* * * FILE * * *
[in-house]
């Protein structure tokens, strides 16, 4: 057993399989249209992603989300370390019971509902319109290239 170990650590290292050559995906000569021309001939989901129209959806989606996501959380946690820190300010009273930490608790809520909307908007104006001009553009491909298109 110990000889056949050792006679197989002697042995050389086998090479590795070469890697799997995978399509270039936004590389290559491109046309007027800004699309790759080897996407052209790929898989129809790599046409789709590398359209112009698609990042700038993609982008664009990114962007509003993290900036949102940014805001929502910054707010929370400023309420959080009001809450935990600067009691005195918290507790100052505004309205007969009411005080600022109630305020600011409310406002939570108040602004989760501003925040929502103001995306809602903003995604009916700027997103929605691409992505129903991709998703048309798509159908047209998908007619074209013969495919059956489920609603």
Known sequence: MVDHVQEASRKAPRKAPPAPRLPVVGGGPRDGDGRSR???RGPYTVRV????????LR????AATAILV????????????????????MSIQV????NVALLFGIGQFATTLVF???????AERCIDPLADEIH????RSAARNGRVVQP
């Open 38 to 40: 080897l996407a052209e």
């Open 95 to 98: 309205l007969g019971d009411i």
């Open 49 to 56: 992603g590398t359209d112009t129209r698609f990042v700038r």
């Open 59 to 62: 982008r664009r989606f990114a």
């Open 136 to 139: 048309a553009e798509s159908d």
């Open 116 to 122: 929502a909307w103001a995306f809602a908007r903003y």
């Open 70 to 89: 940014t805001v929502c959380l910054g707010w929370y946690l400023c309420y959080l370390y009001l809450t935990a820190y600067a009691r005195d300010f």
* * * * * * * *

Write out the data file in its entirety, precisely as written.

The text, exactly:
[in-house]
């Protein structure tokens, strides 16, 4: 057993399989249209992603989300370390019971509902319109290239 170990650590290292050559995906000569021309001939989901129209959806989606996501959380946690820190300010009273930490608790809520909307908007104006001009553009491909298109 110990000889056949050792006679197989002697042995050389086998090479590795070469890697799997995978399509270039936004590389290559491109046309007027800004699309790759080897996407052209790929898989129809790599046409789709590398359209112009698609990042700038993609982008664009990114962007509003993290900036949102940014805001929502910054707010929370400023309420959080009001809450935990600067009691005195918290507790100052505004309205007969009411005080600022109630305020600011409310406002939570108040602004989760501003925040929502103001995306809602903003995604009916700027997103929605691409992505129903991709998703048309798509159908047209998908007619074209013969495919059956489920609603």
Known sequence: MVDHVQEASRKAPRKAPPAPRLPVVGGGPRDGDGRSR???RGPYTVRV????????LR????AATAILV????????????????????MSIQV????NVALLFGIGQFATTLVF???????AERCIDPLADEIH????RSAARNGRVVQP
């Open 38 to 40: 080897l996407a052209e």
């Open 95 to 98: 309205l007969g019971d009411i």
């Open 49 to 56: 992603g590398t359209d112009t129209r698609f990042v700038r």
């Open 59 to 62: 982008r664009r989606f990114a």
């Open 136 to 139: 048309a553009e798509s159908d």
């Open 116 to 122: 929502a909307w103001a995306f809602a908007r903003y």
């Open 70 to 89: 940014t805001v929502c959380l910054g707010w929370y946690l400023c309420y959080l370390y009001l809450t935990a820190y600067a009691r005195d300010f």